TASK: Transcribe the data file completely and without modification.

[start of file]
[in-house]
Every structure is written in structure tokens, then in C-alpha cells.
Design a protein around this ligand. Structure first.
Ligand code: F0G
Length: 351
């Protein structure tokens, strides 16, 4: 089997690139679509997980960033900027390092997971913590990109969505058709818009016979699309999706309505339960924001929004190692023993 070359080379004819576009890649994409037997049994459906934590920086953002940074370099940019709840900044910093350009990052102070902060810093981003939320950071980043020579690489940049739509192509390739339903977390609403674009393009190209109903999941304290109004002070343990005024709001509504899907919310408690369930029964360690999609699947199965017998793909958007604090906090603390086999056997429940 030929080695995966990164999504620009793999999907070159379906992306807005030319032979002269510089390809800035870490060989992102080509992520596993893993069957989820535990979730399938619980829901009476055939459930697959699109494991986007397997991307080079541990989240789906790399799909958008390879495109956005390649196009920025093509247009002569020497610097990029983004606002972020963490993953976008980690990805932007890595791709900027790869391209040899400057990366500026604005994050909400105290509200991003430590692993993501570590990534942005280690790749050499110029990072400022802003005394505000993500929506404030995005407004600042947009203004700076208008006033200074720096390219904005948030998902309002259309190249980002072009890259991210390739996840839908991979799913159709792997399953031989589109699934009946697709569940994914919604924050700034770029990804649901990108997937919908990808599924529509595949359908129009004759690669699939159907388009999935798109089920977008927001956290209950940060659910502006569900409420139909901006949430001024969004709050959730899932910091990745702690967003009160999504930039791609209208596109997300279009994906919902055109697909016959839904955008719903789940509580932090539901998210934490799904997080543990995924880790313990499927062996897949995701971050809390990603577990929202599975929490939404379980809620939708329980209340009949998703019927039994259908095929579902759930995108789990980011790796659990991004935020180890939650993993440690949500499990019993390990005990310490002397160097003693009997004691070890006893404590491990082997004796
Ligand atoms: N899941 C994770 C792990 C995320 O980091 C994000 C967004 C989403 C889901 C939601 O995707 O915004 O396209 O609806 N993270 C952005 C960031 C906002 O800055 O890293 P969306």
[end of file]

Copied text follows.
[in-house]
Every structure is written in structure tokens, then in C-alpha cells.
Design a protein around this ligand. Structure first.
Ligand code: F0G
Length: 351
């Protein structure tokens, strides 16, 4: 089997690139679509997980960033900027390092997971913590990109969505058709818009016979699309999706309505339960924001929004190692023993 070359080379004819576009890649994409037997049994459906934590920086953002940074370099940019709840900044910093350009990052102070902060810093981003939320950071980043020579690489940049739509192509390739339903977390609403674009393009190209109903999941304290109004002070343990005024709001509504899907919310408690369930029964360690999609699947199965017998793909958007604090906090603390086999056997429940 030929080695995966990164999504620009793999999907070159379906992306807005030319032979002269510089390809800035870490060989992102080509992520596993893993069957989820535990979730399938619980829901009476055939459930697959699109494991986007397997991307080079541990989240789906790399799909958008390879495109956005390649196009920025093509247009002569020497610097990029983004606002972020963490993953976008980690990805932007890595791709900027790869391209040899400057990366500026604005994050909400105290509200991003430590692993993501570590990534942005280690790749050499110029990072400022802003005394505000993500929506404030995005407004600042947009203004700076208008006033200074720096390219904005948030998902309002259309190249980002072009890259991210390739996840839908991979799913159709792997399953031989589109699934009946697709569940994914919604924050700034770029990804649901990108997937919908990808599924529509595949359908129009004759690669699939159907388009999935798109089920977008927001956290209950940060659910502006569900409420139909901006949430001024969004709050959730899932910091990745702690967003009160999504930039791609209208596109997300279009994906919902055109697909016959839904955008719903789940509580932090539901998210934490799904997080543990995924880790313990499927062996897949995701971050809390990603577990929202599975929490939404379980809620939708329980209340009949998703019927039994259908095929579902759930995108789990980011790796659990991004935020180890939650993993440690949500499990019993390990005990310490002397160097003693009997004691070890006893404590491990082997004796
Ligand atoms: N899941 C994770 C792990 C995320 O980091 C994000 C967004 C989403 C889901 C939601 O995707 O915004 O396209 O609806 N993270 C952005 C960031 C906002 O800055 O890293 P969306």